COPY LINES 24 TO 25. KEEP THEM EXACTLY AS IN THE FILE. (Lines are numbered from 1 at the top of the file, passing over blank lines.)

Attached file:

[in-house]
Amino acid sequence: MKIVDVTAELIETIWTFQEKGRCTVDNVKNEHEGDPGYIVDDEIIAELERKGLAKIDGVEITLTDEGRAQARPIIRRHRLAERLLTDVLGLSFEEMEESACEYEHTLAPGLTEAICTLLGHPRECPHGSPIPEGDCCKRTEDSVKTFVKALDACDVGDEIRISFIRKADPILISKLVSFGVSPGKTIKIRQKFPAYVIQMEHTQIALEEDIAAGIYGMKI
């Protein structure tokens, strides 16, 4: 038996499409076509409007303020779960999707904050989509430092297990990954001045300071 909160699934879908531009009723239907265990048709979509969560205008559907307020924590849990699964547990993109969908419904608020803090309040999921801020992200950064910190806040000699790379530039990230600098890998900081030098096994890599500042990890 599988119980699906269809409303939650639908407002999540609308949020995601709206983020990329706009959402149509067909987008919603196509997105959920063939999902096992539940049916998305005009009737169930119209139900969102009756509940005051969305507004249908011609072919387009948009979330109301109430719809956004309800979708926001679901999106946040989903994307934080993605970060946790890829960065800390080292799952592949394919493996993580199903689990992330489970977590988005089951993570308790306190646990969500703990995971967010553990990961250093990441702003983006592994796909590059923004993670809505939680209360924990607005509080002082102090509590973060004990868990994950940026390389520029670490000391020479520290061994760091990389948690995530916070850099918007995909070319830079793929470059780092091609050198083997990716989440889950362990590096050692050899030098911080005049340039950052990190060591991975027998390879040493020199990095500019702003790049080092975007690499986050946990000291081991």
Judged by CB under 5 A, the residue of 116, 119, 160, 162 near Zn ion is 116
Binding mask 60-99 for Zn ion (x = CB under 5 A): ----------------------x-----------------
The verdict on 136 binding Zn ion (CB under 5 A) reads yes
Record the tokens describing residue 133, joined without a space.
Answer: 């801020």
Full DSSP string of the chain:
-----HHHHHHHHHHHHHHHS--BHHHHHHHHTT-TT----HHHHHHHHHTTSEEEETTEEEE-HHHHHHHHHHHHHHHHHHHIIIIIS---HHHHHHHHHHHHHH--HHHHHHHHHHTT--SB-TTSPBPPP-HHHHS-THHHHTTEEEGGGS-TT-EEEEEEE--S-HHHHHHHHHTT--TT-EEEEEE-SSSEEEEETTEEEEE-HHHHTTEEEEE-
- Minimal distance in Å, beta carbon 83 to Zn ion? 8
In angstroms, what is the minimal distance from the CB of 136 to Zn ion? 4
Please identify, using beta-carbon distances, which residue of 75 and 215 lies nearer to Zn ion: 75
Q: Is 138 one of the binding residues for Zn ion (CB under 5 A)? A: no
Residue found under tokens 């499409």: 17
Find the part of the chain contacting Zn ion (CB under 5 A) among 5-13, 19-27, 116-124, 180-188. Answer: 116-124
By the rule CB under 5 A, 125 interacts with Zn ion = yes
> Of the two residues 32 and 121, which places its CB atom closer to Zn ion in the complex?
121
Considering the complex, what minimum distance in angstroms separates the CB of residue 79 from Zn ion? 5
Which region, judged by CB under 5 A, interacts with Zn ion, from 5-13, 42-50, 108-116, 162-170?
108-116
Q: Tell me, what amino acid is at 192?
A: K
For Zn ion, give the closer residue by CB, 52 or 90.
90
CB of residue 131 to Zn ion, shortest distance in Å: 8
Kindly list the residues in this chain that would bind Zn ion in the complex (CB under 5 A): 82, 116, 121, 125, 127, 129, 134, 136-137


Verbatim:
A: K
For Zn ion, give the closer residue by CB, 52 or 90.